Click on each picture to see the relaxation of the circuits to their steady-state configuration. The papers (below) have more refined pictures.
A few improved calculations, taking account the propagation delay of the electric field, are now available.I have written two papers about these calculations: A is an unpublished paper which discusses the surface charges and feedback mechanisms in these simple circuits, and is pedagogically oriented. B is a more high-powered paper published by the American Journal of Physics, 68, 1002-1006 (2000), and discusses the electric fields, equipotentials, and Poynting vectors in these circuits.
|The simplest resistor-capacitor circuit studied: a capacitor and a uniform resistive wire. The colors show the amount of excess charge in each cell, and the arrows show the direction and magnitude of the electric field. In steady-state, the electric field has the same magnitude everywhere to create the same current at all points in the circuit.|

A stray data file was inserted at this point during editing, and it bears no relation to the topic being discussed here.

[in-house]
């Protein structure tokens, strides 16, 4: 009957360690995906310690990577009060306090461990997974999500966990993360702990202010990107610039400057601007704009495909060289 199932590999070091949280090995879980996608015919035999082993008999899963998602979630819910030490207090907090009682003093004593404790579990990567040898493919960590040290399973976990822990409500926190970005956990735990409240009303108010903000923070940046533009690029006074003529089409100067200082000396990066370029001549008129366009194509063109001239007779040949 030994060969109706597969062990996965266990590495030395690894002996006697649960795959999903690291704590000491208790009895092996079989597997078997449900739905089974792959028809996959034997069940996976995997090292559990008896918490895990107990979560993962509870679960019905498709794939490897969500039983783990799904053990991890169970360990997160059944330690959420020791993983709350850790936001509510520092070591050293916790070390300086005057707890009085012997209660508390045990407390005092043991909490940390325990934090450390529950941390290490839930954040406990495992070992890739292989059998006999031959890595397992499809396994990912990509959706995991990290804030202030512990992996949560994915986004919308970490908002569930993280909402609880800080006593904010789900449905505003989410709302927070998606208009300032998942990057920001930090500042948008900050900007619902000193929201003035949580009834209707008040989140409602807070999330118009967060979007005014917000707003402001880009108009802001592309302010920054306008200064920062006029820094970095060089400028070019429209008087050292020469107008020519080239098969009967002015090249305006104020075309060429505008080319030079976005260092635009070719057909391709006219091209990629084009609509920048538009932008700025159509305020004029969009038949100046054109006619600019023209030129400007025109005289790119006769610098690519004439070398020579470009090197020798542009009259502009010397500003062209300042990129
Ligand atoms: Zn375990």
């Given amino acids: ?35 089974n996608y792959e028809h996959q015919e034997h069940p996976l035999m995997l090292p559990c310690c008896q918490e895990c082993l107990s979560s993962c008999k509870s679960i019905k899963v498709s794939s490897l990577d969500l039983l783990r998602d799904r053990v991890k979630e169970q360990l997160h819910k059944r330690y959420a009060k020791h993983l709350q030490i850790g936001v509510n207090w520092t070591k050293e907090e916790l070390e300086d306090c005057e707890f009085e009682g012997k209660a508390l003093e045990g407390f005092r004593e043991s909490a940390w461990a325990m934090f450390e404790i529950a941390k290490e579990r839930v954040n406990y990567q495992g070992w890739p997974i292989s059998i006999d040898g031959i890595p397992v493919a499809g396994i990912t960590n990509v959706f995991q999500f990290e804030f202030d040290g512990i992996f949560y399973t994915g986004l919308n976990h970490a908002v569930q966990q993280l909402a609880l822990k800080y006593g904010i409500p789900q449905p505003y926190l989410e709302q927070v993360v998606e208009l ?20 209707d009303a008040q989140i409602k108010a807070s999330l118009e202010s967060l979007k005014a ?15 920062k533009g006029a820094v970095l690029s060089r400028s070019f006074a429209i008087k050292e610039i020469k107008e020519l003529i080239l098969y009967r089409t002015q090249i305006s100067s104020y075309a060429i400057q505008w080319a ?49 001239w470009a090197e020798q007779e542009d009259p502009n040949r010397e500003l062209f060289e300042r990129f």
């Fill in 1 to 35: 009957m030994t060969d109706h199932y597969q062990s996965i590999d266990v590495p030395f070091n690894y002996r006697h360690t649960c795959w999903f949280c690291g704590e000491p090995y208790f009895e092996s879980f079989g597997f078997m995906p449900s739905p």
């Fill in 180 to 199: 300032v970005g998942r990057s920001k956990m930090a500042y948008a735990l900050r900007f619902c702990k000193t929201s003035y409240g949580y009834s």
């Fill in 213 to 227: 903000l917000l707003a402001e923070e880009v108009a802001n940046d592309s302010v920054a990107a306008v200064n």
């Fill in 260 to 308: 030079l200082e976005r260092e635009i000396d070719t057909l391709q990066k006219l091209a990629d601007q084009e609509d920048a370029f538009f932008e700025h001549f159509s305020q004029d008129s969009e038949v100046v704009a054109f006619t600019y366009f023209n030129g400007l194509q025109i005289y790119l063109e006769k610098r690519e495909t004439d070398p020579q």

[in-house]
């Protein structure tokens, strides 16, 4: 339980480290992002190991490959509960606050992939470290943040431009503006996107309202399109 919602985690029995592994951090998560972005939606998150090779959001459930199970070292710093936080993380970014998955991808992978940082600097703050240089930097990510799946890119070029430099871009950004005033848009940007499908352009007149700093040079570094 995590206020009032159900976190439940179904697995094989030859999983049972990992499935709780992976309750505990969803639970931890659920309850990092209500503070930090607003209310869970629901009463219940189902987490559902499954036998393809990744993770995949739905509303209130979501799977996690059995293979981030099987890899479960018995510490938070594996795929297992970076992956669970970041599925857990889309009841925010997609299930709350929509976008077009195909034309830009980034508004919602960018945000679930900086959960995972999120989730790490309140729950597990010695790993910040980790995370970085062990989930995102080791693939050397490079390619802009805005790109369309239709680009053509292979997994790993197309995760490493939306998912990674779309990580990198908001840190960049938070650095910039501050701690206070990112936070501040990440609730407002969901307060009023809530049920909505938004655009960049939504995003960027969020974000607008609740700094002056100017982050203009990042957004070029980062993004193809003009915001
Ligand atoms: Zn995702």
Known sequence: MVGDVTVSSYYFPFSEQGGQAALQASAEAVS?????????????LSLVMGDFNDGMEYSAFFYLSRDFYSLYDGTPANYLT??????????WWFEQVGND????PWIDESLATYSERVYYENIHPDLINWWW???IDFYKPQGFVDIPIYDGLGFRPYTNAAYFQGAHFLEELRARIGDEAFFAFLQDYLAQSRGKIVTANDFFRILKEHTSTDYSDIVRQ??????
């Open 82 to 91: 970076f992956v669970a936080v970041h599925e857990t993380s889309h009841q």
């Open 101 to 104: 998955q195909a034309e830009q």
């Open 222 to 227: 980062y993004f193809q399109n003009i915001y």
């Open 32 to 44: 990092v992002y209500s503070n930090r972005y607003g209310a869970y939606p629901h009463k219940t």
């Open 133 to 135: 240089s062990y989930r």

|This wire has an extra resistor: a higher impedance region made of a different material. The electric field must be larger in the high-resistive region (and smaller in the low-resistance wires) to have uniform current.|
|This wire has an extra resistor: a higher impedance region formed by narrowing the wire. The electric field must be larger in the high-resistive region (and smaller in the low-resistance wires) to have uniform current.|
|This wire has extra bends, requiring a more complex arrangement of surface charges to have the same current everywhere in the circuit.|